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Jane Kennedy: There are currently no procedures to encourage specific reporting of anaesthetic awareness by patients and the Department does not routinely collect information about the number of cases.
However, the National Patient Safety Agency (NPSA) that we established in July 2001 to improve the safety of national health service patient care by promoting an open and fair culture has in place a national reporting and learning system for adverse events across the NHS. The NPSA is about to start a pilot to encourage patients to report all patient safety incidents, including those involving anaesthetic awareness.
The NPSA has also undertaken a review of the anaesthetic process. This involved taking a standard patient journey" and working through the whole process, identifying and analysing the risks. The NPSA is now in the process of identifying and prioritising areas
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for action and is being assisted in its work by a clinical speciality adviser (CSA) in anaesthetics and an anaesthetic reference group.
The most important contribution to patient safety in this area is the continuous presence of a highly trained and skilled anaesthetist who has the benefit of modern equipment to deliver and monitor the patient's condition. The Association of Anaesthetists of Great Britain and Ireland, which represents more than 9,000 anaesthetists, has issued Minimum Standards for Monitoring" in recognition of the importance of monitoring the patient throughout an anaesthetic. The Association also launched its revised guidelines, Checking Anaesthetic Equipment", in 2004. The guidelines were developed jointly with the Royal College of Anaesthetists and their application by all anaesthetic staff will help to improve patient safety.
Jane Kennedy: As part of the clinical pharmacist initiative, we are providing £12 million over three years to support hospital clinical pharmacists in monitoring the use of antibiotics in relation to local policies. The funding is given to acute trusts via primary care trusts and the acute trusts decide how to use the money. This is frequently used to support a hospital clinical pharmacist.
Jane Kennedy: We do not plan to revise the United Kingdom Antimicrobial Strategy and Action Plan" asthe aims and objectives are being taken forward by the Specialist Advisory Committee on Antimicrobial Resistance.
Mr. Lansley: To ask the Secretary of State for Health what the total budget for arm's-length bodies contained within the Department's review of arm's length bodies is for 200506; and what this figure was in (a) 200405 and (b) 200304. 
Mr. Drew: To ask the Secretary of State for Health how many cases of arrhythmia were treated by (a) the Acute Trust and (b) community trusts, including GP services, in Gloucestershire in the last year for which figures are available. 
Mr. Byrne: Information on numbers of arrhythmia cases treated is collected centrally by trust, but not for general practitioner services. Figures for community trusts in Gloucestershire are between one and five and due to reasons of confidentiality have been suppressed. The number of cases of arrhythmia that were treated at Gloucestershire hospitals national health service trust in 200304 are shown in the table.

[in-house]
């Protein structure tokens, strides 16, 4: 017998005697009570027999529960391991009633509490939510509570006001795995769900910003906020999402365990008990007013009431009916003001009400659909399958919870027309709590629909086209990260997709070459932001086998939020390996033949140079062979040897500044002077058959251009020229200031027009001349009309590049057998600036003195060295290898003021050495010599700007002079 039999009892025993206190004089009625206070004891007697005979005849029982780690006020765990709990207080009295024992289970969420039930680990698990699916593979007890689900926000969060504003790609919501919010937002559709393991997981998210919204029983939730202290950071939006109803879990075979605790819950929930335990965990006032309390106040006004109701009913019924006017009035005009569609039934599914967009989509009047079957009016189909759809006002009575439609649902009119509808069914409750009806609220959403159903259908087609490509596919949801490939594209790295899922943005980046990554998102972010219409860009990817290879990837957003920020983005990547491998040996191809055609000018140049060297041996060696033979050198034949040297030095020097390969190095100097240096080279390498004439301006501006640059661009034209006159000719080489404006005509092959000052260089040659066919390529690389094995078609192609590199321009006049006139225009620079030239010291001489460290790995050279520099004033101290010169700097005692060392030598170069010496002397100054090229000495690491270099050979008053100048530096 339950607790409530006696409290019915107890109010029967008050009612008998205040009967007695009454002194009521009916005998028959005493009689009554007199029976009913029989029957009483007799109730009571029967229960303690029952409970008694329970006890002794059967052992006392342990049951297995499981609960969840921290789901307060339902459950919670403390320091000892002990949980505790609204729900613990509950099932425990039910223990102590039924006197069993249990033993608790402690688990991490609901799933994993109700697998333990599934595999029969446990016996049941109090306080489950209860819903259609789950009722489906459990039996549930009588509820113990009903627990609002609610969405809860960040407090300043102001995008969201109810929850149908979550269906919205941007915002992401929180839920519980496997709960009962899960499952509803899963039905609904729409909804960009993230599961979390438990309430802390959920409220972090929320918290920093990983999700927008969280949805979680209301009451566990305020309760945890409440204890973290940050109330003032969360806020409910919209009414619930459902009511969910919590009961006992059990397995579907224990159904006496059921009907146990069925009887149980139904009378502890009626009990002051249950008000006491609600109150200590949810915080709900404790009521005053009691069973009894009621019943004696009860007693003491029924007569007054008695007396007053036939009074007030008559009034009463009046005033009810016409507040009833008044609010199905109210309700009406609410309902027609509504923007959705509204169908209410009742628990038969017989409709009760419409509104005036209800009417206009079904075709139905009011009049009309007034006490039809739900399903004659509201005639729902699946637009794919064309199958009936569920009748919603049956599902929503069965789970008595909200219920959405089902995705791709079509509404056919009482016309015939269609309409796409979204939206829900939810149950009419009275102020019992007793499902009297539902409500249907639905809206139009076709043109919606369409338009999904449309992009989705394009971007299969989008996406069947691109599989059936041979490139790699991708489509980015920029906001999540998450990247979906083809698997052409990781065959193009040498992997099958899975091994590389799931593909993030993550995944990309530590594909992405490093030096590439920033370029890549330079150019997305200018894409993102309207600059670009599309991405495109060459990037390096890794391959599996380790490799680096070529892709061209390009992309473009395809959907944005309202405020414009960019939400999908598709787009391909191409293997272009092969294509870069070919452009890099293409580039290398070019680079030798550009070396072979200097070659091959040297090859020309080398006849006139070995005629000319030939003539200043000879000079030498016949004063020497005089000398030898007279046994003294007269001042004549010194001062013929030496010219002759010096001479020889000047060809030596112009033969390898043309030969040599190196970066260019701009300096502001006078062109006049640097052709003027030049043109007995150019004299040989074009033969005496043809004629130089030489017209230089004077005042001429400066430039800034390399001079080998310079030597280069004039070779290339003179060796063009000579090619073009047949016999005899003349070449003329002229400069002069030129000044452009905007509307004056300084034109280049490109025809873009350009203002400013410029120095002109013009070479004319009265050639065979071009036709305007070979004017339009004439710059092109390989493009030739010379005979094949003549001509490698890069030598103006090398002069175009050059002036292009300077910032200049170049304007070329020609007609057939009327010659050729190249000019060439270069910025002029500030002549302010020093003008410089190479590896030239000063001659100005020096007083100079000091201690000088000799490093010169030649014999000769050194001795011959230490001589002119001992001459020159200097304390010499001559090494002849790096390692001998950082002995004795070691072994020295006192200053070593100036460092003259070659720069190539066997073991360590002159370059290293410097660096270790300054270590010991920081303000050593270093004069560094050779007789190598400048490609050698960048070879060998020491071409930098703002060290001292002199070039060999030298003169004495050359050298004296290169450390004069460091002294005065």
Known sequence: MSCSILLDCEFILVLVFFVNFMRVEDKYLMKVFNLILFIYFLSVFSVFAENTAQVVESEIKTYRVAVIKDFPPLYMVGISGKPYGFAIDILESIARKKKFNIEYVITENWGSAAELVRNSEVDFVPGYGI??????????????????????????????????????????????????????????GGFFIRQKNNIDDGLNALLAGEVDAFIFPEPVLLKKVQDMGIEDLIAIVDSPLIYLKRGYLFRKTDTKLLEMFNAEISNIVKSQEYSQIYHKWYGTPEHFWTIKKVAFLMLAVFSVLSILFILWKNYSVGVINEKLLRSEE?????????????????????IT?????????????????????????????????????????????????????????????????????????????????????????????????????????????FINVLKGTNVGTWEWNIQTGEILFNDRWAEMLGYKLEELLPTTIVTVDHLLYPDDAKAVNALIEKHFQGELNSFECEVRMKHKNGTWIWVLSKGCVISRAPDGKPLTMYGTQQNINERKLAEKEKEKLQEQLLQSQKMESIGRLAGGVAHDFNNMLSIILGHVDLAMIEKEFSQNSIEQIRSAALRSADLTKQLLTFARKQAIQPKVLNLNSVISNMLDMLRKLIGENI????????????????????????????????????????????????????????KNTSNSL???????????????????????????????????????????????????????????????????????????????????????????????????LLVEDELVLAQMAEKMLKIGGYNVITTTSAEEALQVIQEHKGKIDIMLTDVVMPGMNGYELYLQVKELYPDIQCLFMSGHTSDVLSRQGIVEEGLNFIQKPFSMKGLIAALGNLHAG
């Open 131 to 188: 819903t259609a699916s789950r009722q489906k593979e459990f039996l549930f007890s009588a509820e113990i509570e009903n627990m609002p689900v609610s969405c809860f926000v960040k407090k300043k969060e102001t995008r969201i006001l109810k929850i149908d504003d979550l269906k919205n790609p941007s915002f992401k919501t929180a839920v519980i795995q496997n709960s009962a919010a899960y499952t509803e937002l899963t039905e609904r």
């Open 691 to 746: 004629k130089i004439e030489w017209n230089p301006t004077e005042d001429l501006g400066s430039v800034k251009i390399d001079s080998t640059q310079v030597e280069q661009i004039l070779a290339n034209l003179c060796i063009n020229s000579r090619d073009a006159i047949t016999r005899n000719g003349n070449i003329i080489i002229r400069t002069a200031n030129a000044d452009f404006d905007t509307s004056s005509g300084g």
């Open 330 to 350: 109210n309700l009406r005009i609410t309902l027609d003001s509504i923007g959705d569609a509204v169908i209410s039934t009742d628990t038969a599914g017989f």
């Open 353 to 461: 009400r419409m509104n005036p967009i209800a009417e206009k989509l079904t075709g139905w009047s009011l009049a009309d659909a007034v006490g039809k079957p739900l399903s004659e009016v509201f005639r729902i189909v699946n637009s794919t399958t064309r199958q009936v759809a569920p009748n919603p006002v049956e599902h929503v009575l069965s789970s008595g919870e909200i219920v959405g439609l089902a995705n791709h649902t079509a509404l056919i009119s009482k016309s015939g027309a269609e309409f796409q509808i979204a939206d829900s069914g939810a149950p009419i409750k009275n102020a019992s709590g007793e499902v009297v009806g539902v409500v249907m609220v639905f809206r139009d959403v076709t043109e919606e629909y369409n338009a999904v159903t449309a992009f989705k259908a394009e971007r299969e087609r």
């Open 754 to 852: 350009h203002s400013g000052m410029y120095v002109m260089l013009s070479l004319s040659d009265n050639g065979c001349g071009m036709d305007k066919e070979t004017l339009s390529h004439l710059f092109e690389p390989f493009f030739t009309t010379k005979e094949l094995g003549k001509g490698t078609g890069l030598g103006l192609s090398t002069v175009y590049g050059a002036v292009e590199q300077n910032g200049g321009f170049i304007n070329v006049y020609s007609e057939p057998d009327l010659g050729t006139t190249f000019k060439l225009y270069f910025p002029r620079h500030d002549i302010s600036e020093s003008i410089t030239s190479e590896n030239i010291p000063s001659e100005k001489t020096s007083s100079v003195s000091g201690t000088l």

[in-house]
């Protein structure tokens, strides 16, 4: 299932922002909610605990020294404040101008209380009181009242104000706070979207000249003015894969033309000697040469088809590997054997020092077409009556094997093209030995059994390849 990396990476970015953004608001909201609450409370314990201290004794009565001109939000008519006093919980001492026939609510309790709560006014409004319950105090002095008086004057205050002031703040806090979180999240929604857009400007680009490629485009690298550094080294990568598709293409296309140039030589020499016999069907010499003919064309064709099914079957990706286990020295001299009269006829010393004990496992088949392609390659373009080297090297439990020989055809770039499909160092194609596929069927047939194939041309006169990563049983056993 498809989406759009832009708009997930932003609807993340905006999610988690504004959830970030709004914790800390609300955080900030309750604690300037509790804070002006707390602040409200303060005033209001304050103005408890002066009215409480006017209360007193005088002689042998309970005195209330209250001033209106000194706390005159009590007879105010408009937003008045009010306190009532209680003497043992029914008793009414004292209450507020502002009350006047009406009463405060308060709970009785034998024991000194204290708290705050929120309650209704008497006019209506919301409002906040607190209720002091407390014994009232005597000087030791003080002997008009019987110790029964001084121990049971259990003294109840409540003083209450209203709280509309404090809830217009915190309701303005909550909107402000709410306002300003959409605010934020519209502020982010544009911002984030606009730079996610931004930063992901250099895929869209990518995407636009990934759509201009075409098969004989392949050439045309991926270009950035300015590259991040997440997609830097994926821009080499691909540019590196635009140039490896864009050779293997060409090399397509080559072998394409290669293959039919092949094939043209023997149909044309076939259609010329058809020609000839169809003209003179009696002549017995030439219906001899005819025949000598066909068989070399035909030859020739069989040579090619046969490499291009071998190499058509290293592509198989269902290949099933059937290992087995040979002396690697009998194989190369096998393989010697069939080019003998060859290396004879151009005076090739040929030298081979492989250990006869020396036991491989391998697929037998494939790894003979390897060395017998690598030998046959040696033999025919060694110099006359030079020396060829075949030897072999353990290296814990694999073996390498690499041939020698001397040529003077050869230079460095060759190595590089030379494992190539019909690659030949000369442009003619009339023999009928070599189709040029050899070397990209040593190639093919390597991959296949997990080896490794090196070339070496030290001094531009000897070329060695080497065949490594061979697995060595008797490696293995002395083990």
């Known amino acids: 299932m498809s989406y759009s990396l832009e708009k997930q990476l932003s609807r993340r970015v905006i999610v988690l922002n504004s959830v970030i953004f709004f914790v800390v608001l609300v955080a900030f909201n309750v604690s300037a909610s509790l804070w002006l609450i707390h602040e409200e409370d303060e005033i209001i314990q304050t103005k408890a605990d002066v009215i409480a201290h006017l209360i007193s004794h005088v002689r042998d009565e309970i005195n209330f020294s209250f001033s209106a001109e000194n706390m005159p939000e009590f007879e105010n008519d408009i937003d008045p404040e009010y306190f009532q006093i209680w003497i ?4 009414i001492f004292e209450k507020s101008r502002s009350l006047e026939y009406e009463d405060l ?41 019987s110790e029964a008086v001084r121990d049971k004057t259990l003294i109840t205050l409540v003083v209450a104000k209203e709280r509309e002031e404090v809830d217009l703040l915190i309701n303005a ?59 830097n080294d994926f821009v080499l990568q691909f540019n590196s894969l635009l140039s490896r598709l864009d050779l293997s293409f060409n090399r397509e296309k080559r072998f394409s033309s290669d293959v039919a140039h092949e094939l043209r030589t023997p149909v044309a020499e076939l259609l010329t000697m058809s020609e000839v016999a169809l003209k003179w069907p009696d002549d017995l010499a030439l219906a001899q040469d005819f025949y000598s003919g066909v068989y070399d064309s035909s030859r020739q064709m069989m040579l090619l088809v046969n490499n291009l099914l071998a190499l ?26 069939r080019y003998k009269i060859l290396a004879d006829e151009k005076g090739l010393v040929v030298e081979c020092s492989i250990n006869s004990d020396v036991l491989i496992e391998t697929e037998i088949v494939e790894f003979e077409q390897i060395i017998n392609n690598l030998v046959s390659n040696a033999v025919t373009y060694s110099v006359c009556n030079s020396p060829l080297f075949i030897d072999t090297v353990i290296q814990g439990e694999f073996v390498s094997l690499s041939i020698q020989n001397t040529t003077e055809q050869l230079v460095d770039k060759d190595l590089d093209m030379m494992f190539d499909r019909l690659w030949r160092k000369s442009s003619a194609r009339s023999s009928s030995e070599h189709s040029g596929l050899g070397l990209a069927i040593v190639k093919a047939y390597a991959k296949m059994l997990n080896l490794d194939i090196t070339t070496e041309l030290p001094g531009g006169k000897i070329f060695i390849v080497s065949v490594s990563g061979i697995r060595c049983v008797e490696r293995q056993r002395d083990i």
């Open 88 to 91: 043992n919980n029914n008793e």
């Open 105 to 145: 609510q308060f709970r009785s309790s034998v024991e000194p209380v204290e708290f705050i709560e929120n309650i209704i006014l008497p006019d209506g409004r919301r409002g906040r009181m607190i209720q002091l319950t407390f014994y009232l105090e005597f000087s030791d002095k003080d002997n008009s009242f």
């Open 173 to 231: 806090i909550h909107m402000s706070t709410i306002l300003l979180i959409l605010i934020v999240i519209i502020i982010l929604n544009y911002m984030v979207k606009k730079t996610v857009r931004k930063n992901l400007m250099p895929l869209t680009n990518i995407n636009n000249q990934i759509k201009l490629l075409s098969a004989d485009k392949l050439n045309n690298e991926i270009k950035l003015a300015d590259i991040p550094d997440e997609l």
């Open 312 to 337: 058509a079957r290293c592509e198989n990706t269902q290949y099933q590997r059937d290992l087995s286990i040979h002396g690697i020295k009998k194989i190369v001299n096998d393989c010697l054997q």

|Finished consultant episodes with a primary diagnosis of arrhythmia, which indicates the patient was attending specifically for treatment of their arrhythmia||93|
|Finished consultant episodes with an arrhythmia diagnosis code recorded in any of the diagnosis fieldsarrhythmia codes might occur in secondary fields if they are being treated as part of an overall cardiology problem||261|
Mr. Davey: To ask the Secretary of State for Health what training is provided to (a) doctors, (b) nurses and (c) other healthcare professionals in treating and caring for those with autism; and what funding has been allocated for the treatment of autism in the 200506 financial year. 
Mr. Byrne: The training of doctors, nurses and other healthcare professionals in treating and caring for those with autism is a matter for the relevant professional bodies. Overall, in 200405, the national health service spent £3.6 billion on training. Information about funding allocations is not held centrally. It is for local NHS organisations to decide how resources should be allocated between services, taking account of local circumstances and priorities.
|Elective admissions||Non-elective admissions|
Mr. Dismore: To ask the Secretary of State for Health what she expects the capacity of the new surgery unit at Chase Farm hospital to be; when she expects it to be operating at, or near to, that capacity; when she expects it to open; and if she will make a statement. 
Jane Kennedy: Subject to the process of audit and final accounts, the trust broke even in 200405. It has yet to agree a financial plan for 200506, which would enable it to achieve a balanced position. North London Strategic Health Authority is working closely with Barnet and Chase Farm Hospitals National Health Service Trust and its primary care trusts to achieve that end.
As part of the patient environment action team's inspection programme Barnet and Chase Farm Hospitals National Health Service Trust was assessed in 2005 as acceptablefrom a five-point scale
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which runs through excellent, good, acceptable, poor or unacceptable.
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